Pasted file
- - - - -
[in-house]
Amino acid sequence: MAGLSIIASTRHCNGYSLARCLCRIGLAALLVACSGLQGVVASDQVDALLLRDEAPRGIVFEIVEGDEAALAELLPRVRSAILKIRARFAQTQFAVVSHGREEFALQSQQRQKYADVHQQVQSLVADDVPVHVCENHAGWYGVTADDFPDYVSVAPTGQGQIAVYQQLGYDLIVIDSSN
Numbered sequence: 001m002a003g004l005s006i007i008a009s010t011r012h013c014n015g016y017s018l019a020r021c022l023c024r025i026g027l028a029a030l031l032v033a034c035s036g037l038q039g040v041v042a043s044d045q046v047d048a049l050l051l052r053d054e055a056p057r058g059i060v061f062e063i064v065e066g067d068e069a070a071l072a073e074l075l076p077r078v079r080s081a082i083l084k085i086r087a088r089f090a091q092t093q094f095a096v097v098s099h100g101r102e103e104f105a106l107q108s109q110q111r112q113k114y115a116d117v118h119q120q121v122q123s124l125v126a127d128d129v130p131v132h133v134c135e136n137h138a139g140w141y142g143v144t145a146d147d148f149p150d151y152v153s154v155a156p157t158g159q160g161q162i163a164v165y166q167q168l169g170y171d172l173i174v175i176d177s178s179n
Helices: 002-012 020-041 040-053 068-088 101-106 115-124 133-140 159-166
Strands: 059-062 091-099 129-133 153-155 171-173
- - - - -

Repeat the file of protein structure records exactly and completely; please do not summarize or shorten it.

[in-house]
Amino acid sequence: MAGLSIIASTRHCNGYSLARCLCRIGLAALLVACSGLQGVVASDQVDALLLRDEAPRGIVFEIVEGDEAALAELLPRVRSAILKIRARFAQTQFAVVSHGREEFALQSQQRQKYADVHQQVQSLVADDVPVHVCENHAGWYGVTADDFPDYVSVAPTGQGQIAVYQQLGYDLIVIDSSN
Numbered sequence: 001m002a003g004l005s006i007i008a009s010t011r012h013c014n015g016y017s018l019a020r021c022l023c024r025i026g027l028a029a030l031l032v033a034c035s036g037l038q039g040v041v042a043s044d045q046v047d048a049l050l051l052r053d054e055a056p057r058g059i060v061f062e063i064v065e066g067d068e069a070a071l072a073e074l075l076p077r078v079r080s081a082i083l084k085i086r087a088r089f090a091q092t093q094f095a096v097v098s099h100g101r102e103e104f105a106l107q108s109q110q111r112q113k114y115a116d117v118h119q120q121v122q123s124l125v126a127d128d129v130p131v132h133v134c135e136n137h138a139g140w141y142g143v144t145a146d147d148f149p150d151y152v153s154v155a156p157t158g159q160g161q162i163a164v165y166q167q168l169g170y171d172l173i174v175i176d177s178s179n
Helices: 002-012 020-041 040-053 068-088 101-106 115-124 133-140 159-166
Strands: 059-062 091-099 129-133 153-155 171-173